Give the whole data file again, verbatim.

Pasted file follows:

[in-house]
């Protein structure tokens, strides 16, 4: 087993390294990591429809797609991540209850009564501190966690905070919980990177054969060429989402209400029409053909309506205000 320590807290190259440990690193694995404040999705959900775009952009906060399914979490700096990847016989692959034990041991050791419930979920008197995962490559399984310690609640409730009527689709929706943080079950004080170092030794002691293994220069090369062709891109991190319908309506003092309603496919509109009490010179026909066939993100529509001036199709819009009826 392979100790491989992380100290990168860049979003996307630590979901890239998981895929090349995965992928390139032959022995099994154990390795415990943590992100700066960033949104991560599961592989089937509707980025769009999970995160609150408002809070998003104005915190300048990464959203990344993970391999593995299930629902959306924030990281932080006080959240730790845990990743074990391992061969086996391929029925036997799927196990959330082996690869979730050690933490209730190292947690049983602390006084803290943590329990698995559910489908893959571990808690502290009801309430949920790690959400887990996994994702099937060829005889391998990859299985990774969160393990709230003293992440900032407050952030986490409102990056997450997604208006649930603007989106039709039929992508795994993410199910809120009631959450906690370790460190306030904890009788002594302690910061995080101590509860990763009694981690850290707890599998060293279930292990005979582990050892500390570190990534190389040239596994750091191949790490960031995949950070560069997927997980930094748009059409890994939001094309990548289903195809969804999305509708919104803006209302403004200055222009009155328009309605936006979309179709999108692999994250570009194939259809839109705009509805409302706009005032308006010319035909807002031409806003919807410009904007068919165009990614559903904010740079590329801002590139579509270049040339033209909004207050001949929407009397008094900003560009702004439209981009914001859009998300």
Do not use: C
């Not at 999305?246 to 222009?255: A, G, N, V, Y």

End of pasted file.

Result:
[in-house]
């Protein structure tokens, strides 16, 4: 087993390294990591429809797609991540209850009564501190966690905070919980990177054969060429989402209400029409053909309506205000 320590807290190259440990690193694995404040999705959900775009952009906060399914979490700096990847016989692959034990041991050791419930979920008197995962490559399984310690609640409730009527689709929706943080079950004080170092030794002691293994220069090369062709891109991190319908309506003092309603496919509109009490010179026909066939993100529509001036199709819009009826 392979100790491989992380100290990168860049979003996307630590979901890239998981895929090349995965992928390139032959022995099994154990390795415990943590992100700066960033949104991560599961592989089937509707980025769009999970995160609150408002809070998003104005915190300048990464959203990344993970391999593995299930629902959306924030990281932080006080959240730790845990990743074990391992061969086996391929029925036997799927196990959330082996690869979730050690933490209730190292947690049983602390006084803290943590329990698995559910489908893959571990808690502290009801309430949920790690959400887990996994994702099937060829005889391998990859299985990774969160393990709230003293992440900032407050952030986490409102990056997450997604208006649930603007989106039709039929992508795994993410199910809120009631959450906690370790460190306030904890009788002594302690910061995080101590509860990763009694981690850290707890599998060293279930292990005979582990050892500390570190990534190389040239596994750091191949790490960031995949950070560069997927997980930094748009059409890994939001094309990548289903195809969804999305509708919104803006209302403004200055222009009155328009309605936006979309179709999108692999994250570009194939259809839109705009509805409302706009005032308006010319035909807002031409806003919807410009904007068919165009990614559903904010740079590329801002590139579509270049040339033209909004207050001949929407009397008094900003560009702004439209981009914001859009998300």
Do not use: C
């Not at 999305?246 to 222009?255: A, G, N, V, Y």